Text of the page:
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Aeta
The Aeta
Aeta
(Ayta /ˈaɪtə/ EYE-tə), or Agta, are an indigenous people who live in scattered, isolated mountainous parts of the island of Luzon, the Philippines. These people are considered to be Negritos, whose skin ranges from dark to very dark brown, and possessing features such as a small stature and frame; hair of a curly to kinky texture and a higher frequency of naturally lighter colour (blondism) relative to the general population; small nose; and dark brown eyes. They are thought to be among the earliest inhabitants of the Philippines, preceding the Austronesian migrations.[1] The Aeta
Aeta
were included in the group of people "Negrito" during Spanish Era. Various Aeta
Aeta
groups in northern Luzon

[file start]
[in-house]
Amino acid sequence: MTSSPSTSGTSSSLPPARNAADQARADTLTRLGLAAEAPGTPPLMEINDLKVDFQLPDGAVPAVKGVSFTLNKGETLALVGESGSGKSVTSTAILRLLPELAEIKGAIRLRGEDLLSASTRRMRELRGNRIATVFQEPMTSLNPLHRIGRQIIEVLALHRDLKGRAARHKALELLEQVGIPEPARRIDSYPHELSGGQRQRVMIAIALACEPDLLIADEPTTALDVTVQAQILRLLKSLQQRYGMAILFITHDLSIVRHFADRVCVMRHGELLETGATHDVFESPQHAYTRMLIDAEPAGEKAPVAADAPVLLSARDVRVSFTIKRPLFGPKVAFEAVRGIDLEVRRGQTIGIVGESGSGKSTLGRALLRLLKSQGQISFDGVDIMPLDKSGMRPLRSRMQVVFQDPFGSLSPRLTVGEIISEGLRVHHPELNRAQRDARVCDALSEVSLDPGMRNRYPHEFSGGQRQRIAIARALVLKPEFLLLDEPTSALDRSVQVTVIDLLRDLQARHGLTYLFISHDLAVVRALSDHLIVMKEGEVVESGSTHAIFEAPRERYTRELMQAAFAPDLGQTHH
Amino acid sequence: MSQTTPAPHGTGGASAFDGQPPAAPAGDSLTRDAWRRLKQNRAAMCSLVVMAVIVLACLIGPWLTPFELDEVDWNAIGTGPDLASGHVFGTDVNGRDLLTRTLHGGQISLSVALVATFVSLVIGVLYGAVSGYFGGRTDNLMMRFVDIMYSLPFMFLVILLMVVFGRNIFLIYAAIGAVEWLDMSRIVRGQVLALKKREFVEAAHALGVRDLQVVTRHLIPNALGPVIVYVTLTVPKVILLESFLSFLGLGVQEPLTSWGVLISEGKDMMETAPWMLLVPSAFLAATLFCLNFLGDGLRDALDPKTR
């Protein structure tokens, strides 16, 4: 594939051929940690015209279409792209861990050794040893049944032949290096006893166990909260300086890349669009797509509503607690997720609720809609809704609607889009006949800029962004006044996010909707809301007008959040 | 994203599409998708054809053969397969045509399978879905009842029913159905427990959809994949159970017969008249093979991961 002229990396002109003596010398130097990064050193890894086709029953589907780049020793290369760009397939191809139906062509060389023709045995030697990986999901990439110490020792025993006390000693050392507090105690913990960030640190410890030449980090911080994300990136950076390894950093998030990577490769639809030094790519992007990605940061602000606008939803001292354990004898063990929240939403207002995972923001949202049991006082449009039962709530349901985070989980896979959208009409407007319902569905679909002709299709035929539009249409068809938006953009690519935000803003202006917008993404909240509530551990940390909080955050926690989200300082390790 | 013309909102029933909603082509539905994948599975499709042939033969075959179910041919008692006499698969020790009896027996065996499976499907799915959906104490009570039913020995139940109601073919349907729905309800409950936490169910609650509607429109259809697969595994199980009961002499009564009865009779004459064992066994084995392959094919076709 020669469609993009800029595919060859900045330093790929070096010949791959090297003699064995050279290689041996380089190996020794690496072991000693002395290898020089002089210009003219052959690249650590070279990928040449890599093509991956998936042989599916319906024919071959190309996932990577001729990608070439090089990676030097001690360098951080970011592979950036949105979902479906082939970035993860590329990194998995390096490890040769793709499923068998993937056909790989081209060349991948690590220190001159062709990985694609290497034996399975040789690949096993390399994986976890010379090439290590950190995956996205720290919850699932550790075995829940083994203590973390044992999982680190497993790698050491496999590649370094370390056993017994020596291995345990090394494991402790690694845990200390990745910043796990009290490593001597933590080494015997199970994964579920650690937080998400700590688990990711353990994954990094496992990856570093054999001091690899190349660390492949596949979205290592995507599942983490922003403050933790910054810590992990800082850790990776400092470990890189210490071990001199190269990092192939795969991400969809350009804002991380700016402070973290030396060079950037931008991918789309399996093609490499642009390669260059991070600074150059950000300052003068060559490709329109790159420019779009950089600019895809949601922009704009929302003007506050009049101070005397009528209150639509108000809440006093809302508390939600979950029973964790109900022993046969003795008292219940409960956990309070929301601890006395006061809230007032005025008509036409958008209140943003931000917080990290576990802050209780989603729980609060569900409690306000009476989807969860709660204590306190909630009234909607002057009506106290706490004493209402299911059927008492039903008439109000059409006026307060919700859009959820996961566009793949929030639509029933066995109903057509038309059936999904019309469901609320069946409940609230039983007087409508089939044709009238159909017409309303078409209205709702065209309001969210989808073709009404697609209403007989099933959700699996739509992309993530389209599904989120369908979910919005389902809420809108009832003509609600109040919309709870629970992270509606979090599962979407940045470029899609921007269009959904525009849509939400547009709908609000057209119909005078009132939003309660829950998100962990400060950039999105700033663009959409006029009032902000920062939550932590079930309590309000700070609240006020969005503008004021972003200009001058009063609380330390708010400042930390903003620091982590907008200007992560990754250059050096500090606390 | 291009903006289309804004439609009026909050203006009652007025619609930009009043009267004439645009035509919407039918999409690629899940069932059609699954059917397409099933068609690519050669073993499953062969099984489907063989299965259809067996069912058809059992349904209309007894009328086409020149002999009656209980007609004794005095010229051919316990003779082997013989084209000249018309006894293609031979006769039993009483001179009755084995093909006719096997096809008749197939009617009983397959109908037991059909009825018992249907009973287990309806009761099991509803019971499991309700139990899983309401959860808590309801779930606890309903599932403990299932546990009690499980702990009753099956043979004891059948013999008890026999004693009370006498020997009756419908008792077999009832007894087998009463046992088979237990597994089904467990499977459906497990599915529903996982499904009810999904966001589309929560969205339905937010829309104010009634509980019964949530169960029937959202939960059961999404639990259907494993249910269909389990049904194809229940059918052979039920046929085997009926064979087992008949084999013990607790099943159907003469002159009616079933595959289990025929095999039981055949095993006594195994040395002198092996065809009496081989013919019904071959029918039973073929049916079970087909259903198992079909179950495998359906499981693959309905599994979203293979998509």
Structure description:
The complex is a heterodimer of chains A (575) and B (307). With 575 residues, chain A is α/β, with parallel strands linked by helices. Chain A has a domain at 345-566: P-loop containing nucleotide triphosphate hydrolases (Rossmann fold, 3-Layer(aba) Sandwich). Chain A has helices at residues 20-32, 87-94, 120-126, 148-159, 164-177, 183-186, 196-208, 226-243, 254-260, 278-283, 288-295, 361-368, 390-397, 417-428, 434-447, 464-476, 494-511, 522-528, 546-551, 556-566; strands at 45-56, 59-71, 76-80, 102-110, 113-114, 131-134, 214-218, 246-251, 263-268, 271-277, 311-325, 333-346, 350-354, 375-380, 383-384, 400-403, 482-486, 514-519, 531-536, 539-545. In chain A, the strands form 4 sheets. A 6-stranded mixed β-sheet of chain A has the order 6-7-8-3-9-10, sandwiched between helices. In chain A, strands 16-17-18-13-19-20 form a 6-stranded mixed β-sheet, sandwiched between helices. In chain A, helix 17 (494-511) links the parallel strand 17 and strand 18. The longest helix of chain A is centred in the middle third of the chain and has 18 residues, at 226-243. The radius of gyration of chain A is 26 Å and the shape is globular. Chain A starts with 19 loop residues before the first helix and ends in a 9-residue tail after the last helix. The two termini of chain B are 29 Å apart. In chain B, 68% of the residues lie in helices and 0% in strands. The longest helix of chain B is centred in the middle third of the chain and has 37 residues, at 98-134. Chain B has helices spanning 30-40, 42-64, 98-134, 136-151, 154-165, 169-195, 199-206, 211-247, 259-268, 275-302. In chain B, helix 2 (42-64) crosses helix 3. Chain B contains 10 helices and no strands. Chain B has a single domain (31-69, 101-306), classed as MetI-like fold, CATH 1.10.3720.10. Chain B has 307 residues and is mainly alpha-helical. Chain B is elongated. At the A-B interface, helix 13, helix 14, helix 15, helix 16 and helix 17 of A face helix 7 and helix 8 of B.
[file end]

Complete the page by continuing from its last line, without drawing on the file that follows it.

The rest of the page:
Luzon
are known as Pugut or Pugot, an Ilocano term that also means "goblin" or "forest spirit",[2] and is the colloquial term for people with darker complexions
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Anda, Pangasinan
Anda, officially the Municipality of Anda, (Pangasinan: Baley na Anda; Ilokano: Ili ti Anda; Tagalog: Bayan ng Anda), is a 3rd class municipality in the province of Pangasinan, Philippines. According to the 2015 census, it has a population of 39,504 people.[3] The people of Anda generally speak Pangasinan, Bolinao, and Ilocano. The municipality consists primarily of Cabarruyan Island (also known as Anda Island), as well as minor surrounding islets
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Mojibake
Mojibake
Mojibake